Brittney Griner Released from Russian Prison in Exchange for Arms Dealer

Brittney Griner was swapped for Viktor Bout, aka the ‘Merchant of Death.’
Photo by Tim Clayton / Corbis via Getty

WNBA star Brittney Griner, after being locked up for months in Russia for a small amount of cannabis, was released Thursday in a one-for-one prisoner swap for international arms dealer Viktor Bout.

Griner, who plays for the Phoenix Mercury, was arrested at a Russian airport on February 17 and later pleaded guilty to charges of possession of cannabis cartridges in her luggage, one week before Russia invaded Ukraine. 

She ultimately faced nine years in prison for 0.7 grams of weed: “[Ms. Griner] bought two cartridges for personal use, which contained 0.252 grams and 0.45 grams of hash oil, totaling 0.702 grams,” Russian news agency TASS stated. Griner was transferred to a Russian penal colony last month.

Griner’s case is a flashpoint for debate—given the thousands of other Americans in prison in the U.S. and beyond on cannabis-related charges. Five months of diplomacy and deceitful messages from Russian officials finally came to an end.

“She’s safe, she’s on a plane, she’s on her way home,” Biden said at the White House, alongside Griner’s wife, Cherelle, Vice President Kamala Harris, and Secretary of State Antony Blinken.

The Russian Foreign Ministry said in a statement released by Russian news agencies that the swap took place in Abu-Dhabi and that Bout has been flown home. Last week a top Russian official said that a deal was underway, as did Biden.

Sergei Ryabkov, Russia’s deputy foreign minister, said on November 18 that there was new activity surrounding a potential prisoner swap, but people remained generally skeptical. Amid the unprovoked invasion in the Ukraine, tensions remain high.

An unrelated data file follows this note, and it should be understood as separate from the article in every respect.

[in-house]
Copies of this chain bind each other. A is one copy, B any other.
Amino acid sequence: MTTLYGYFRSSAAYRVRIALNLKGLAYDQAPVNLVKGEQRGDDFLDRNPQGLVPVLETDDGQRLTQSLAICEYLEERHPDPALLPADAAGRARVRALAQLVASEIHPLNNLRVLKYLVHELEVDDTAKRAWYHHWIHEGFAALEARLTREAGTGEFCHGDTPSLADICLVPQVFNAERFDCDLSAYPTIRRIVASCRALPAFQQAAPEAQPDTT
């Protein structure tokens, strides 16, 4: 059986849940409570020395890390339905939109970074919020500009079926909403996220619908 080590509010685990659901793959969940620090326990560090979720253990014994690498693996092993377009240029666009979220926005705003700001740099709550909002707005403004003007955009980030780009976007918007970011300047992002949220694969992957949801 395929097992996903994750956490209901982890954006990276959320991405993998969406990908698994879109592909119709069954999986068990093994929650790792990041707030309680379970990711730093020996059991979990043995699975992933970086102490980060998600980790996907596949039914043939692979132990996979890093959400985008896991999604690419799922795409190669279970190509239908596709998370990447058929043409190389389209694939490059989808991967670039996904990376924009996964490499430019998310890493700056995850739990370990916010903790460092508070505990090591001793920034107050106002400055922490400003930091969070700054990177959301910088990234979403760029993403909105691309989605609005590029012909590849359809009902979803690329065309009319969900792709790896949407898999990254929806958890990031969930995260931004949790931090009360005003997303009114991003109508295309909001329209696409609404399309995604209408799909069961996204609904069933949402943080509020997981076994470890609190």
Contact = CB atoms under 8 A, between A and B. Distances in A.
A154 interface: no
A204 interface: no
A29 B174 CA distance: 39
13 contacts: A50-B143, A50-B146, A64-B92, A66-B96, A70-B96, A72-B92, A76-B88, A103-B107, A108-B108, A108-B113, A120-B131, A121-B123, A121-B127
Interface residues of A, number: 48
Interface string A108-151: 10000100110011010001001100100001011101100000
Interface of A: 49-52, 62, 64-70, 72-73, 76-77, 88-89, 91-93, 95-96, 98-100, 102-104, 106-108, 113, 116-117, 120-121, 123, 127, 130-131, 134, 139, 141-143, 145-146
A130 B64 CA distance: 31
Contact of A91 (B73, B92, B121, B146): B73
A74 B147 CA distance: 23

The outcome, however, feels bittersweet for people with family members locked up on cannabis related charges.

Griner Release Comes at a Price

Griner’s release comes at a price: In order to secure Griner’s release, Biden ordered Bout, known as the “Merchant of Death,” to be freed and returned to Russia as a stipulation. Biden signed a commutation order freeing Bout from his 25-year federal prison sentence.

Bout is a former Soviet Army lieutenant colonel who was described by the U.S. Department of Justice as one of the world’s most prolific arms dealers. Bout’s fingerprint can be seen in the supply of missiles and arms in violent wars in Afghanistan, Colombia, the Congo, and the overthrow of the Gaddafi government in Libya in 2011.

Frankly, the fact that 0.7 grams of weed is considered equivalent is outrageous.

CBS News reports that according to the former Moscow Ambassador John Sullivan, Russian officials fixated on freeing Bout, or no deal was in order.

Bout was arrested by the U.S. Drug Enforcement Agency (DEA) in Thailand following a sting operation carried out by American agents in 2008. He was eventually convicted of conspiring to kill Americans and was sentenced to 25 years in prison about 10 years ago. 

Bout was most recently incarcerated at a federal prison in Marion, Illinois before the release.

Free Other Prisoners

As thousands of other cannabis prisoners in the U.S. and beyond await their own releases, some celebrities pointed out the hypocrisy. 

U.S. officials attempted for several months to bring home both Griner and Paul Whelan, a Michigan man also locked up in Russia since December 2018 on “espionage charges” that his family and the U.S. government both deny.

“We’ve not forgotten about Paul Whelan,” Biden said. “We will keep negotiating in good faith for Paul’s release.”

But it’s important to keep in mind that Whelan’s own family supports the release, despite still waiting for Paul’s release. “The Biden Administration made the right decision to bring Ms. Griner home, and to make the deal that was possible, rather than waiting for one that wasn’t going to happen,” Paul’s brother David said in a statement.

Last April, the U.S. traded Russian cocaine smuggler Konstantin Yaroshenko for American former prisoner Trevor Reed. 

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